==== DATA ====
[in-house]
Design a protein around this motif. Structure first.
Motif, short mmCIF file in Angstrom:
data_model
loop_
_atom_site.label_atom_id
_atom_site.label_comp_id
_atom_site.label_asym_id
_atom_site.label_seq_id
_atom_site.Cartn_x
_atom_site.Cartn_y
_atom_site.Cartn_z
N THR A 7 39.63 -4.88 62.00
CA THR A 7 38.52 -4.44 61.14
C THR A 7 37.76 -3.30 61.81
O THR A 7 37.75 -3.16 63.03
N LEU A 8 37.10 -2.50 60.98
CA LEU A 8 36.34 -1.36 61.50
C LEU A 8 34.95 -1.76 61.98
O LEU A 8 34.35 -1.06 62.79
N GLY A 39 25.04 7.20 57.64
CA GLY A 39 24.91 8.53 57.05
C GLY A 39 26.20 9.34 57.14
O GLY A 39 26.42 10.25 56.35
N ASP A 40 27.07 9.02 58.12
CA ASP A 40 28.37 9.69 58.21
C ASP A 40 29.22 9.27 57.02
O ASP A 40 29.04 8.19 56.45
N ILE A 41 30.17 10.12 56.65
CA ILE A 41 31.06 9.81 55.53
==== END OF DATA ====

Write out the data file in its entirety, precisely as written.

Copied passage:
[in-house]
Design a protein around this motif. Structure first.
Motif, short mmCIF file in Angstrom:
data_model
loop_
_atom_site.label_atom_id
_atom_site.label_comp_id
_atom_site.label_asym_id
_atom_site.label_seq_id
_atom_site.Cartn_x
_atom_site.Cartn_y
_atom_site.Cartn_z
N THR A 7 39.63 -4.88 62.00
CA THR A 7 38.52 -4.44 61.14
C THR A 7 37.76 -3.30 61.81
O THR A 7 37.75 -3.16 63.03
N LEU A 8 37.10 -2.50 60.98
CA LEU A 8 36.34 -1.36 61.50
C LEU A 8 34.95 -1.76 61.98
O LEU A 8 34.35 -1.06 62.79
N GLY A 39 25.04 7.20 57.64
CA GLY A 39 24.91 8.53 57.05
C GLY A 39 26.20 9.34 57.14
O GLY A 39 26.42 10.25 56.35
N ASP A 40 27.07 9.02 58.12
CA ASP A 40 28.37 9.69 58.21
C ASP A 40 29.22 9.27 57.02
O ASP A 40 29.04 8.19 56.45
N ILE A 41 30.17 10.12 56.65
CA ILE A 41 31.06 9.81 55.53